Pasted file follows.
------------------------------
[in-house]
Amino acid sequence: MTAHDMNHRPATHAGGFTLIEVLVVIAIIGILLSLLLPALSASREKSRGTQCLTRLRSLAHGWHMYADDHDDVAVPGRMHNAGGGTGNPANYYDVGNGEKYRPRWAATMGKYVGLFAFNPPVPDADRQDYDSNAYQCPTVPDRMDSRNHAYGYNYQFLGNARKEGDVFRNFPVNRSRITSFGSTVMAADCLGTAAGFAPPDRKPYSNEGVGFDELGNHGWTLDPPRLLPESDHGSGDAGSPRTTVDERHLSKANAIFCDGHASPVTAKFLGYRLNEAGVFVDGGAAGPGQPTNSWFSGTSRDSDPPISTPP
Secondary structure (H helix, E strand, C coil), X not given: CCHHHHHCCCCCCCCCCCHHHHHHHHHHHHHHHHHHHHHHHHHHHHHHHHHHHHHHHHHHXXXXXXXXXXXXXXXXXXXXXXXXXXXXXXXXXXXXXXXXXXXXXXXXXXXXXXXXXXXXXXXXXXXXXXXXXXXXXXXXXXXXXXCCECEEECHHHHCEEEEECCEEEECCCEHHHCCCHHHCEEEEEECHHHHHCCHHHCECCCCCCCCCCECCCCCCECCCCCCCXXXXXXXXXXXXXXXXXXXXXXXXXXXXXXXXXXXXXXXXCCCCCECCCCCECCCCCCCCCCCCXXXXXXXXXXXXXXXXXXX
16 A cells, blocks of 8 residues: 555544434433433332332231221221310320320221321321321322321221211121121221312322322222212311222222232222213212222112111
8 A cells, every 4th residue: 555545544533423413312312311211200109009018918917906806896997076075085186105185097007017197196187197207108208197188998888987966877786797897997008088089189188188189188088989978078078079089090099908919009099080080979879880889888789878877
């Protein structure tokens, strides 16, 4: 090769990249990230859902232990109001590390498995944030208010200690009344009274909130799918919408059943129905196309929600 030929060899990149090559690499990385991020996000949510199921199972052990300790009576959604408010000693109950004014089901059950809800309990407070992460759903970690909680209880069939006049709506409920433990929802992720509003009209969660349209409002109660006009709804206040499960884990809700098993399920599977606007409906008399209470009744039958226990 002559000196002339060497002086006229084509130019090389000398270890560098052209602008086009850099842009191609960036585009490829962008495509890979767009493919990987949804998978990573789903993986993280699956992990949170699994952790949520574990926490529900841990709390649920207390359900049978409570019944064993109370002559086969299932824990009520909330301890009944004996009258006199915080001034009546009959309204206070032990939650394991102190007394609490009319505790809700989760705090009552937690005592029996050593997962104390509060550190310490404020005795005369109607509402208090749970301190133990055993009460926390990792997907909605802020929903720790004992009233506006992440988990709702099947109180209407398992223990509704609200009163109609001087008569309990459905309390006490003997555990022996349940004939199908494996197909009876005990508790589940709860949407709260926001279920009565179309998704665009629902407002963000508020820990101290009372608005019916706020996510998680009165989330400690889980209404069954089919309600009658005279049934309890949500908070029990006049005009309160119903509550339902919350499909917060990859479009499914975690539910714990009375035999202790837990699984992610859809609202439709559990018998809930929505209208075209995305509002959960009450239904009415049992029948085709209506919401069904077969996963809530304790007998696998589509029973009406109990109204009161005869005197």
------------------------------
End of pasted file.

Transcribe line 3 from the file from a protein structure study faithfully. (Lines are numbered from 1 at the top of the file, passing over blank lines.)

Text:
Secondary structure (H helix, E strand, C coil), X not given: CCHHHHHCCCCCCCCCCCHHHHHHHHHHHHHHHHHHHHHHHHHHHHHHHHHHHHHHHHHHXXXXXXXXXXXXXXXXXXXXXXXXXXXXXXXXXXXXXXXXXXXXXXXXXXXXXXXXXXXXXXXXXXXXXXXXXXXXXXXXXXXXXXCCECEEECHHHHCEEEEECCEEEECCCEHHHCCCHHHCEEEEEECHHHHHCCHHHCECCCCCCCCCCECCCCCCECCCCCCCXXXXXXXXXXXXXXXXXXXXXXXXXXXXXXXXXXXXXXXXCCCCCECCCCCECCCCCCCCCCCCXXXXXXXXXXXXXXXXXXX